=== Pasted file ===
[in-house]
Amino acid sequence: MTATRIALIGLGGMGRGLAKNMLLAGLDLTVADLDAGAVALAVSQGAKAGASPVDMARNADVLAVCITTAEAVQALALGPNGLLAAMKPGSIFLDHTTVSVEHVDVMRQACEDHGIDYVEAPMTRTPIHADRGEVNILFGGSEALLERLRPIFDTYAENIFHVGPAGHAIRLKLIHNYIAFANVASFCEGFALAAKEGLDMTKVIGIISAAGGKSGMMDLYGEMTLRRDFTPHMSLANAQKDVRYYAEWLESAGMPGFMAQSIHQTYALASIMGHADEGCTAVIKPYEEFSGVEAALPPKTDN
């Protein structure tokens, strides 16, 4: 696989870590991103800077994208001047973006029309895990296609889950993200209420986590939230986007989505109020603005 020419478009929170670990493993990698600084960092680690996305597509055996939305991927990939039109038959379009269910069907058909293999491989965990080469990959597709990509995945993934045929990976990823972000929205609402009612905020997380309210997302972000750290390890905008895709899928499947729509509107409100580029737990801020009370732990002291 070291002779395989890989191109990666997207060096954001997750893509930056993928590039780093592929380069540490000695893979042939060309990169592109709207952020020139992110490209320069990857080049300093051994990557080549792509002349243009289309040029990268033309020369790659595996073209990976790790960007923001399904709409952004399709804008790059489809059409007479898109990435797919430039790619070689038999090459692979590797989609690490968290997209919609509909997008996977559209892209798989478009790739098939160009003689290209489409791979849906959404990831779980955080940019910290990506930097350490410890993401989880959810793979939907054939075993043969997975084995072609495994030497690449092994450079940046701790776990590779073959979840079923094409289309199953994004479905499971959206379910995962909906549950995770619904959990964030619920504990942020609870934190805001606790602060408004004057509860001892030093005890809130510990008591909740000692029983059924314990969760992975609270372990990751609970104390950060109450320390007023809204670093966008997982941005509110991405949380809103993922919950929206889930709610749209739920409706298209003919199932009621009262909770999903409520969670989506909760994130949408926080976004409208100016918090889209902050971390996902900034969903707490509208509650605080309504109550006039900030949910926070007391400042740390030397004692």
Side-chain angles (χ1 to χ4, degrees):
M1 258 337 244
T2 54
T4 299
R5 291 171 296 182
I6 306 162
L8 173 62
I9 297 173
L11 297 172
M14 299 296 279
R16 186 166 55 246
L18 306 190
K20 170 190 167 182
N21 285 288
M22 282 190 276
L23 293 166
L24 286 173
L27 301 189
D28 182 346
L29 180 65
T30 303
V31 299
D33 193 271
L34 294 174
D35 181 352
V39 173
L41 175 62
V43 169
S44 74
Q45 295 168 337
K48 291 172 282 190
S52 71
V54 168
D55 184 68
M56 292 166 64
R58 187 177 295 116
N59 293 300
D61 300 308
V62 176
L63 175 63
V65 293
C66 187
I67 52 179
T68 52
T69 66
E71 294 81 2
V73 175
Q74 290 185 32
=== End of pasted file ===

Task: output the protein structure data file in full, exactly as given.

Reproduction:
[in-house]
Amino acid sequence: MTATRIALIGLGGMGRGLAKNMLLAGLDLTVADLDAGAVALAVSQGAKAGASPVDMARNADVLAVCITTAEAVQALALGPNGLLAAMKPGSIFLDHTTVSVEHVDVMRQACEDHGIDYVEAPMTRTPIHADRGEVNILFGGSEALLERLRPIFDTYAENIFHVGPAGHAIRLKLIHNYIAFANVASFCEGFALAAKEGLDMTKVIGIISAAGGKSGMMDLYGEMTLRRDFTPHMSLANAQKDVRYYAEWLESAGMPGFMAQSIHQTYALASIMGHADEGCTAVIKPYEEFSGVEAALPPKTDN
């Protein structure tokens, strides 16, 4: 696989870590991103800077994208001047973006029309895990296609889950993200209420986590939230986007989505109020603005 020419478009929170670990493993990698600084960092680690996305597509055996939305991927990939039109038959379009269910069907058909293999491989965990080469990959597709990509995945993934045929990976990823972000929205609402009612905020997380309210997302972000750290390890905008895709899928499947729509509107409100580029737990801020009370732990002291 070291002779395989890989191109990666997207060096954001997750893509930056993928590039780093592929380069540490000695893979042939060309990169592109709207952020020139992110490209320069990857080049300093051994990557080549792509002349243009289309040029990268033309020369790659595996073209990976790790960007923001399904709409952004399709804008790059489809059409007479898109990435797919430039790619070689038999090459692979590797989609690490968290997209919609509909997008996977559209892209798989478009790739098939160009003689290209489409791979849906959404990831779980955080940019910290990506930097350490410890993401989880959810793979939907054939075993043969997975084995072609495994030497690449092994450079940046701790776990590779073959979840079923094409289309199953994004479905499971959206379910995962909906549950995770619904959990964030619920504990942020609870934190805001606790602060408004004057509860001892030093005890809130510990008591909740000692029983059924314990969760992975609270372990990751609970104390950060109450320390007023809204670093966008997982941005509110991405949380809103993922919950929206889930709610749209739920409706298209003919199932009621009262909770999903409520969670989506909760994130949408926080976004409208100016918090889209902050971390996902900034969903707490509208509650605080309504109550006039900030949910926070007391400042740390030397004692």
Side-chain angles (χ1 to χ4, degrees):
M1 258 337 244
T2 54
T4 299
R5 291 171 296 182
I6 306 162
L8 173 62
I9 297 173
L11 297 172
M14 299 296 279
R16 186 166 55 246
L18 306 190
K20 170 190 167 182
N21 285 288
M22 282 190 276
L23 293 166
L24 286 173
L27 301 189
D28 182 346
L29 180 65
T30 303
V31 299
D33 193 271
L34 294 174
D35 181 352
V39 173
L41 175 62
V43 169
S44 74
Q45 295 168 337
K48 291 172 282 190
S52 71
V54 168
D55 184 68
M56 292 166 64
R58 187 177 295 116
N59 293 300
D61 300 308
V62 176
L63 175 63
V65 293
C66 187
I67 52 179
T68 52
T69 66
E71 294 81 2
V73 175
Q74 290 185 32